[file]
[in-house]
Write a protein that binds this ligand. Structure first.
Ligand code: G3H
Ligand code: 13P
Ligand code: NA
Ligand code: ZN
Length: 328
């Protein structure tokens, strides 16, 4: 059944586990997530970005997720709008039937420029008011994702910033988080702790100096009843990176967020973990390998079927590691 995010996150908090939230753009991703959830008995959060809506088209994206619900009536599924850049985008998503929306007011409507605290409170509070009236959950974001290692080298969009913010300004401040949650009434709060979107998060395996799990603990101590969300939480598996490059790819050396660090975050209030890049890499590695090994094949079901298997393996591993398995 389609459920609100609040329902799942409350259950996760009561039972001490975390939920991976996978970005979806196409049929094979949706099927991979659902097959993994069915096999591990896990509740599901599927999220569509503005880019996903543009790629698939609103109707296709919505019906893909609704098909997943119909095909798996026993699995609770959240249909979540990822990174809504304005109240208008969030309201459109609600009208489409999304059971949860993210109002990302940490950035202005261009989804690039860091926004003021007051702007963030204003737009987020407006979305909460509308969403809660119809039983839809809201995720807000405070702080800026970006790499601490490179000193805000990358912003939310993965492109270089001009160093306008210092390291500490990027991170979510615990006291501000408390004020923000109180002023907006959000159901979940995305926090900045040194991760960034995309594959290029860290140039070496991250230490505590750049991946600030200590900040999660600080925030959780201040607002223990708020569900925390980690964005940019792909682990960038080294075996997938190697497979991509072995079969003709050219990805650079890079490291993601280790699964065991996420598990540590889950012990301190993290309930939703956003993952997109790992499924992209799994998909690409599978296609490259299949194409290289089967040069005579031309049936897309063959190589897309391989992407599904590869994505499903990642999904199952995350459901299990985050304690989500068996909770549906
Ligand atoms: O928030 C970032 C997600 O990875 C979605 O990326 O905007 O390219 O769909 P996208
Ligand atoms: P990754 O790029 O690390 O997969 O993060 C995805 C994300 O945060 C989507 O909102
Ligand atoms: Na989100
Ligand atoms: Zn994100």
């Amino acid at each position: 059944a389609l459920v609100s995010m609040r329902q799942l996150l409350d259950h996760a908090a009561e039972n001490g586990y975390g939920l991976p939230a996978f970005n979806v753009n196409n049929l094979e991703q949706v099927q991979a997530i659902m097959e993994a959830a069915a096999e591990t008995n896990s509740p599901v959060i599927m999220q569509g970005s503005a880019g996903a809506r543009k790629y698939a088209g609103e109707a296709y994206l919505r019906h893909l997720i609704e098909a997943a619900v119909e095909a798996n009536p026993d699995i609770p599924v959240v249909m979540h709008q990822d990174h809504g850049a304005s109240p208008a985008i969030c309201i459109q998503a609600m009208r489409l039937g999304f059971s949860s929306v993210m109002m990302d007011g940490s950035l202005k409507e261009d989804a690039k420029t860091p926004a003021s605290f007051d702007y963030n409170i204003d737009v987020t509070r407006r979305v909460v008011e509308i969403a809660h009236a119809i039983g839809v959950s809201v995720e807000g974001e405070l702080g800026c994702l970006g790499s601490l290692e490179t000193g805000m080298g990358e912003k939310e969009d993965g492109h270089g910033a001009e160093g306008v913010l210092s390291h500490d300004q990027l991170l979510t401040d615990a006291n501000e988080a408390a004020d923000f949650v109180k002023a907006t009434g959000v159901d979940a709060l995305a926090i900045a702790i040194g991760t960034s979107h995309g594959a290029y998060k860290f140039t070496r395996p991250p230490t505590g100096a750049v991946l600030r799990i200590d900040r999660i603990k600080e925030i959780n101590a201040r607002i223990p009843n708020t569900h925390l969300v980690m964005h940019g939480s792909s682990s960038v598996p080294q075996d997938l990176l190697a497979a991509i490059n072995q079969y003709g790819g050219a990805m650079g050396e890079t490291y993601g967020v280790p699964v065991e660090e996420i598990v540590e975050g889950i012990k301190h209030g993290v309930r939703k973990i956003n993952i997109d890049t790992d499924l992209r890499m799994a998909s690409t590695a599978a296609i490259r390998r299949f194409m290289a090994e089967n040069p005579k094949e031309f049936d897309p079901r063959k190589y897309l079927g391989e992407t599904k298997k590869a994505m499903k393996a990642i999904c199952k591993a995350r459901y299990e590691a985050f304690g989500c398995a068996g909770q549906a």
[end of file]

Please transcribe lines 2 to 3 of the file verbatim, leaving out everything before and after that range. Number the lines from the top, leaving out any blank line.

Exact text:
Write a protein that binds this ligand. Structure first.
Ligand code: G3H